Hooray opensource!

A while back, my brothers wanted a WiFi access point so they could play online games on the Gameboy DS. I ended up picking up a Linksys WRT54G for them, with the intention of running one of the open firmware packages on it. After getting it home, I learned that Linksys had switched the newest version of the router to VxWorks, making it incompatible with the custom firmware. I got it working mostly the way I wanted1 with the Linksys firmware, so I mostly forgot about it.

I recently got looking at the custom firmware stuff again, and found that Jeremy Collake (aka db90h) had found a way to load the custom firmware onto the VxWorks routers. I followed his step-by-step instructions and now have a WRT54G v5 running DD-WRT Micro. There’s some bad blood between Jeremy and DD-WRT now, and I’ll probably switch to something else once I do some more research, since my opinions seem to match Jeremy’s. But for now, DD-WRT is working like a champ, making this (almost) brand new Linksys as functional as the D-Link router I got for $20 almost 7 years ago.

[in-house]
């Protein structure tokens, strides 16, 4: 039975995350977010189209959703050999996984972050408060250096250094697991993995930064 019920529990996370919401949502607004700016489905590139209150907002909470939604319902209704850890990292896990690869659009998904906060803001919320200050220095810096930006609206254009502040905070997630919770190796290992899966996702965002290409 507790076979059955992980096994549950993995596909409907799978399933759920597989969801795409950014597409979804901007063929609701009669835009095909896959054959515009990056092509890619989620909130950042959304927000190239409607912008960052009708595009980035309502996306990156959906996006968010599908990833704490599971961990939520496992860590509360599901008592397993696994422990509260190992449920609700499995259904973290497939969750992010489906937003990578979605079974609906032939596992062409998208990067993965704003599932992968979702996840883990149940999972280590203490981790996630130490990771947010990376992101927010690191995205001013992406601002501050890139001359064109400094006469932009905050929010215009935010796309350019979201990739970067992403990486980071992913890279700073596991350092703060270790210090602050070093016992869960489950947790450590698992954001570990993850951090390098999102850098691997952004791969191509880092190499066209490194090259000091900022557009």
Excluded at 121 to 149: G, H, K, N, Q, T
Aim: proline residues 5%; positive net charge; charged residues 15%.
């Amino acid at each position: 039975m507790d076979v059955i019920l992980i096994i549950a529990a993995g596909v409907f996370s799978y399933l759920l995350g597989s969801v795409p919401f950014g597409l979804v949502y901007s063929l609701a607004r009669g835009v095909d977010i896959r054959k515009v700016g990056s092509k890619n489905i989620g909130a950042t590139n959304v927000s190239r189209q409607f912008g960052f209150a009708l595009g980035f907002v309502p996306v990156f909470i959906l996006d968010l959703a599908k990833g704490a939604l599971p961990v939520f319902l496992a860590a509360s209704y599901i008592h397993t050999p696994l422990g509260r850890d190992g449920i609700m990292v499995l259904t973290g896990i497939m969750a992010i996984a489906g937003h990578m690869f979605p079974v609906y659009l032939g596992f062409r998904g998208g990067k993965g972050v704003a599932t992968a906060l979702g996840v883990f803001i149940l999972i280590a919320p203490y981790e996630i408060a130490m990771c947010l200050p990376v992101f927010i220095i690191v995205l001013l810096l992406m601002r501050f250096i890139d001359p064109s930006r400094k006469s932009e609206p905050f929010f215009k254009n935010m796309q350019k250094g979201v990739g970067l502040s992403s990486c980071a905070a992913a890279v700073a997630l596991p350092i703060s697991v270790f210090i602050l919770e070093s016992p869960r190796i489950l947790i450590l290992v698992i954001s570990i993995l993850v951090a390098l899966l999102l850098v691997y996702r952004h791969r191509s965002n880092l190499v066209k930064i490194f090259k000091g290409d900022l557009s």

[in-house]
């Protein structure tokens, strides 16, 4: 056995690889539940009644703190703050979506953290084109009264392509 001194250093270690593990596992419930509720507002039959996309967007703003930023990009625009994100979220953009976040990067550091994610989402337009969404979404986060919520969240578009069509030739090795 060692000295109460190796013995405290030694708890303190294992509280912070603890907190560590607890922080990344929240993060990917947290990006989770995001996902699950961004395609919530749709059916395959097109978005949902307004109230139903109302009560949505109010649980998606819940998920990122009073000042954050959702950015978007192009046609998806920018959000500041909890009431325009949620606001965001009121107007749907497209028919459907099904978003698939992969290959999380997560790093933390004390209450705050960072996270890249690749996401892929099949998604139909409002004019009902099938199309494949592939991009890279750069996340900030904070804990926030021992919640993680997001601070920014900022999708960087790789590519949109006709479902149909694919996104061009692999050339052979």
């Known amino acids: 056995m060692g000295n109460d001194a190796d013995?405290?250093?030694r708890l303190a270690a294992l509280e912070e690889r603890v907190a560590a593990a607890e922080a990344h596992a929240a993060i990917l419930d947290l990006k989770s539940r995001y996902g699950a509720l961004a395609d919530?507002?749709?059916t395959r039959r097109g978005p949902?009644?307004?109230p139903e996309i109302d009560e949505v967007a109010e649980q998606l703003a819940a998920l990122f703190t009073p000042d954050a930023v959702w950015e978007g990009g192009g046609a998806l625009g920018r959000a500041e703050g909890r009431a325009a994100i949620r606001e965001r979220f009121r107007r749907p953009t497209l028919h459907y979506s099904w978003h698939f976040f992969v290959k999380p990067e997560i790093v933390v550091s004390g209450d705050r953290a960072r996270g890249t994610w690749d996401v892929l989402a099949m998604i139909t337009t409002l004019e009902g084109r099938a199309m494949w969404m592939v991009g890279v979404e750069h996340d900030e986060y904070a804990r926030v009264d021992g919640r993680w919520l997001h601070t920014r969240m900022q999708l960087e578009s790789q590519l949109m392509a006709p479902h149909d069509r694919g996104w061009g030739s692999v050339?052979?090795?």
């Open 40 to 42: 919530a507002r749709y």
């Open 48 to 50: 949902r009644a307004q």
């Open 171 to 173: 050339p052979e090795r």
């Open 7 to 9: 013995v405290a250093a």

1 For some reason, most broadband routers don’t seem to think reserved DHCP is important. “Reserved” or “static” DHCP is when your DHCP server always assigns a certain IP address to a certain PC. You can leave all your PCs set to automatically configure via DHCP, but each PC will always get the same address. Having a constant address is a requirement for port forwarding, which almost all broadband routers have. However, most tell you that to get unchanging IPs for use with port forwarding (something that almost everyone will need to use at some point if you do anything more than looking at websites and checking your email), you should disable DHCP on the router and manually configure the network settings on all your PCs. Not only is that more work for the user, but it also makes it much easier to make a typo in a config or duplicate an address on two devices. It also involves reconfiguring any guest’s computer to get it to work on your LAN. With more and more devices becoming WiFi-capable, the number of devices on home LANs is only going to increase, making this problem more and more of an issue. Almost every non-embedded DHCP server has this option, so it’s nothing exotic. The D-Link DI-704 I got in 2000 for $20 has it, so it’s not something too complicated for a home router. I really have no idea why most of the “advanced” routers sold today still don’t have that option. I will never purposely use a router that doesn’t. I’ve personally recommended against Linksys (and other brands) to a number of people specifically because of this.

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